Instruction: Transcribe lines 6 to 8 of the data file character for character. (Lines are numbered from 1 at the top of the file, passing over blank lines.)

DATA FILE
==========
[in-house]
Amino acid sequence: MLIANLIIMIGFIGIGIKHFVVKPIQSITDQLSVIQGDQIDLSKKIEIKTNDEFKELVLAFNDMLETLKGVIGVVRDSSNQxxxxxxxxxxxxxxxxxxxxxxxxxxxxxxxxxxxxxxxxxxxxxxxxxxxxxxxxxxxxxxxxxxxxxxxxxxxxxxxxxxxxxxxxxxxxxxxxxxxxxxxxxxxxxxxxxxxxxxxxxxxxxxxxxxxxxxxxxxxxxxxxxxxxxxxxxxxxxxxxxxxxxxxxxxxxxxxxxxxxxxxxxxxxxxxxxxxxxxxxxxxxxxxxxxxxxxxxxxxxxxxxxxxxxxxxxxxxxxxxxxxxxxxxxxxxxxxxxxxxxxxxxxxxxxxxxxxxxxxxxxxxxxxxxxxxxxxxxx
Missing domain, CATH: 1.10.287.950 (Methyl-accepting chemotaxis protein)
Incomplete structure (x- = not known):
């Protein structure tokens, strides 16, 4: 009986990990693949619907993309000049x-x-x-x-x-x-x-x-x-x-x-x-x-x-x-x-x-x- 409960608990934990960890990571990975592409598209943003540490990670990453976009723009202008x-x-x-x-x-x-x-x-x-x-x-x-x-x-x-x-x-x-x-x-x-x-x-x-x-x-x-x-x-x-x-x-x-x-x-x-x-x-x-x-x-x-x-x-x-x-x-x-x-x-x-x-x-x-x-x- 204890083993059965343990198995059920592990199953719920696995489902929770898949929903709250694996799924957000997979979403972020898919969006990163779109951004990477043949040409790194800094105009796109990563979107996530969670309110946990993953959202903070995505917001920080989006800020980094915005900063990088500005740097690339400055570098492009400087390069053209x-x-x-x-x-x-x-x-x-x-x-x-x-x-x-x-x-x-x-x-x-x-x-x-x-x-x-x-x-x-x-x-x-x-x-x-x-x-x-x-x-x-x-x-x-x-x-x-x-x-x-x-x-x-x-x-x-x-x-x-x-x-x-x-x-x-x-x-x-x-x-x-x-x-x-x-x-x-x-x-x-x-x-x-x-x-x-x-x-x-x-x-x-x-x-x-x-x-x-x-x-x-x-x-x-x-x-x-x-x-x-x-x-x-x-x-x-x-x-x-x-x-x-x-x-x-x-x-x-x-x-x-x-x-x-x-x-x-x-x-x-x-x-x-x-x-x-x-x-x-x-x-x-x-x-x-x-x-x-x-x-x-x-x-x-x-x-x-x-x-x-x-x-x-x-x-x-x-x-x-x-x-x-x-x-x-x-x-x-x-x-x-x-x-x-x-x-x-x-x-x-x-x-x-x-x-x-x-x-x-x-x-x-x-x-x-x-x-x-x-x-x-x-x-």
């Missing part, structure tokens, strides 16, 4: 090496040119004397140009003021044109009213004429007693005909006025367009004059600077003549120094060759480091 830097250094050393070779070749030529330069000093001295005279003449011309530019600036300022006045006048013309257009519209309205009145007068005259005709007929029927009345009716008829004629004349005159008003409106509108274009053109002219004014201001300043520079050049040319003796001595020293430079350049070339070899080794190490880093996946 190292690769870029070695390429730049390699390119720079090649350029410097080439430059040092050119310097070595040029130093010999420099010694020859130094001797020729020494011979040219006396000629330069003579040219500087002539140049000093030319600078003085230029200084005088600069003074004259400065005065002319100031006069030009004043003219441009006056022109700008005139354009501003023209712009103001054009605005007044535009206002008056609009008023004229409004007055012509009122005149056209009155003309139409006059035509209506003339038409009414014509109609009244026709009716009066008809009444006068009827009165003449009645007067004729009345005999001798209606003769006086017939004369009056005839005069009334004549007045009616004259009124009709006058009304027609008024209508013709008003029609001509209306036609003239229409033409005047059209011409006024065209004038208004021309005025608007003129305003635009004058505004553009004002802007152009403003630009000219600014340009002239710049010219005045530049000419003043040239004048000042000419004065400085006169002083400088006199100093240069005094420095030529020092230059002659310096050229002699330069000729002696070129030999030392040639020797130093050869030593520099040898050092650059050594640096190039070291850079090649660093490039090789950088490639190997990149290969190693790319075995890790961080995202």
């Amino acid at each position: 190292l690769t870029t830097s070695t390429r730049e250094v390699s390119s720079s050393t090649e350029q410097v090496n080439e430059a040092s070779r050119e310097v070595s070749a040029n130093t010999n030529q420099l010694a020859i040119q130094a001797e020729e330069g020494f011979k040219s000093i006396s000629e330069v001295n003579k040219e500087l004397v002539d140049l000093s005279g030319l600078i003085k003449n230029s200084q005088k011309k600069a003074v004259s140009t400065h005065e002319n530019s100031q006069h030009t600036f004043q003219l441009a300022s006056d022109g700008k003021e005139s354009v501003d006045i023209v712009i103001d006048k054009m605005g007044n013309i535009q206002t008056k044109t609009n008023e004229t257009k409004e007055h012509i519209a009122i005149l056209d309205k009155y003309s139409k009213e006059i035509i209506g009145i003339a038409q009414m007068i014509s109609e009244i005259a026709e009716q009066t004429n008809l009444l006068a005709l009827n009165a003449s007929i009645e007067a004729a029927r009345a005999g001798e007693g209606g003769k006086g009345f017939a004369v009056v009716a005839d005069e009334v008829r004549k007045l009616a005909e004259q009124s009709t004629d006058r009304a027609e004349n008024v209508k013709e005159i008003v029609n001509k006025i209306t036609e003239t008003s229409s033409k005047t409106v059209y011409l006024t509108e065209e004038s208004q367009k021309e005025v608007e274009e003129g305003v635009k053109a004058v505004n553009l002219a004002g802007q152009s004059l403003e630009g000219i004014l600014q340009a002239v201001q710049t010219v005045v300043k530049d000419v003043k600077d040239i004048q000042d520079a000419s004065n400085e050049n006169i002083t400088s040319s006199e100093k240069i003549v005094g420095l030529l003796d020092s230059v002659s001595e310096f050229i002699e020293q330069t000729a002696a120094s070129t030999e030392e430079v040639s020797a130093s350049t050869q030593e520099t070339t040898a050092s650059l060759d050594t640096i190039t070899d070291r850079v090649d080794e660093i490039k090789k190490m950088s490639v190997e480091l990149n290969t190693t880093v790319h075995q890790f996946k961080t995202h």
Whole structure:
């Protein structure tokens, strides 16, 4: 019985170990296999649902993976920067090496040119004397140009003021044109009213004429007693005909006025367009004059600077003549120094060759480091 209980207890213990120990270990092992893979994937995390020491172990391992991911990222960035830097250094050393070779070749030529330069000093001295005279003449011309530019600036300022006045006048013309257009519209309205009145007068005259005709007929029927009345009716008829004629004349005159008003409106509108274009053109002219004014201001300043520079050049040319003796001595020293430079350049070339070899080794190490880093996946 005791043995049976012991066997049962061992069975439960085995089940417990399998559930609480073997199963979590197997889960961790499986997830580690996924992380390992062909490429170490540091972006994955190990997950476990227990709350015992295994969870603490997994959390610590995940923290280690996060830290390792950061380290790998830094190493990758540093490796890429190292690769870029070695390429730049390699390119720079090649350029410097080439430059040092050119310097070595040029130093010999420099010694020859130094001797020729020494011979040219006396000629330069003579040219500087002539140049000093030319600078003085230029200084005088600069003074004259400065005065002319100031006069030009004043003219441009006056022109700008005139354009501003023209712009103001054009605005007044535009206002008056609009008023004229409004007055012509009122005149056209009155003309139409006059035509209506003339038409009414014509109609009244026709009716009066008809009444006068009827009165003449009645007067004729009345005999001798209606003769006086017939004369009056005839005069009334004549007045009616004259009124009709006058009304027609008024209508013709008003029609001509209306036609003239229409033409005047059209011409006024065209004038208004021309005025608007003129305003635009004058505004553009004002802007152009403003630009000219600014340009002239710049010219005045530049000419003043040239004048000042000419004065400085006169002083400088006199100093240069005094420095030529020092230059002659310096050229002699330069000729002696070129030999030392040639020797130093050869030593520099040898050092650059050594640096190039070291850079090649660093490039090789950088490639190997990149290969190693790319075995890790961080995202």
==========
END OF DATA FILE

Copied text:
């Missing part, structure tokens, strides 16, 4: 090496040119004397140009003021044109009213004429007693005909006025367009004059600077003549120094060759480091 830097250094050393070779070749030529330069000093001295005279003449011309530019600036300022006045006048013309257009519209309205009145007068005259005709007929029927009345009716008829004629004349005159008003409106509108274009053109002219004014201001300043520079050049040319003796001595020293430079350049070339070899080794190490880093996946 190292690769870029070695390429730049390699390119720079090649350029410097080439430059040092050119310097070595040029130093010999420099010694020859130094001797020729020494011979040219006396000629330069003579040219500087002539140049000093030319600078003085230029200084005088600069003074004259400065005065002319100031006069030009004043003219441009006056022109700008005139354009501003023209712009103001054009605005007044535009206002008056609009008023004229409004007055012509009122005149056209009155003309139409006059035509209506003339038409009414014509109609009244026709009716009066008809009444006068009827009165003449009645007067004729009345005999001798209606003769006086017939004369009056005839005069009334004549007045009616004259009124009709006058009304027609008024209508013709008003029609001509209306036609003239229409033409005047059209011409006024065209004038208004021309005025608007003129305003635009004058505004553009004002802007152009403003630009000219600014340009002239710049010219005045530049000419003043040239004048000042000419004065400085006169002083400088006199100093240069005094420095030529020092230059002659310096050229002699330069000729002696070129030999030392040639020797130093050869030593520099040898050092650059050594640096190039070291850079090649660093490039090789950088490639190997990149290969190693790319075995890790961080995202």
């Amino acid at each position: 190292l690769t870029t830097s070695t390429r730049e250094v390699s390119s720079s050393t090649e350029q410097v090496n080439e430059a040092s070779r050119e310097v070595s070749a040029n130093t010999n030529q420099l010694a020859i040119q130094a001797e020729e330069g020494f011979k040219s000093i006396s000629e330069v001295n003579k040219e500087l004397v002539d140049l000093s005279g030319l600078i003085k003449n230029s200084q005088k011309k600069a003074v004259s140009t400065h005065e002319n530019s100031q006069h030009t600036f004043q003219l441009a300022s006056d022109g700008k003021e005139s354009v501003d006045i023209v712009i103001d006048k054009m605005g007044n013309i535009q206002t008056k044109t609009n008023e004229t257009k409004e007055h012509i519209a009122i005149l056209d309205k009155y003309s139409k009213e006059i035509i209506g009145i003339a038409q009414m007068i014509s109609e009244i005259a026709e009716q009066t004429n008809l009444l006068a005709l009827n009165a003449s007929i009645e007067a004729a029927r009345a005999g001798e007693g209606g003769k006086g009345f017939a004369v009056v009716a005839d005069e009334v008829r004549k007045l009616a005909e004259q009124s009709t004629d006058r009304a027609e004349n008024v209508k013709e005159i008003v029609n001509k006025i209306t036609e003239t008003s229409s033409k005047t409106v059209y011409l006024t509108e065209e004038s208004q367009k021309e005025v608007e274009e003129g305003v635009k053109a004058v505004n553009l002219a004002g802007q152009s004059l403003e630009g000219i004014l600014q340009a002239v201001q710049t010219v005045v300043k530049d000419v003043k600077d040239i004048q000042d520079a000419s004065n400085e050049n006169i002083t400088s040319s006199e100093k240069i003549v005094g420095l030529l003796d020092s230059v002659s001595e310096f050229i002699e020293q330069t000729a002696a120094s070129t030999e030392e430079v040639s020797a130093s350049t050869q030593e520099t070339t040898a050092s650059l060759d050594t640096i190039t070899d070291r850079v090649d080794e660093i490039k090789k190490m950088s490639v190997e480091l990149n290969t190693t880093v790319h075995q890790f996946k961080t995202h």
Whole structure: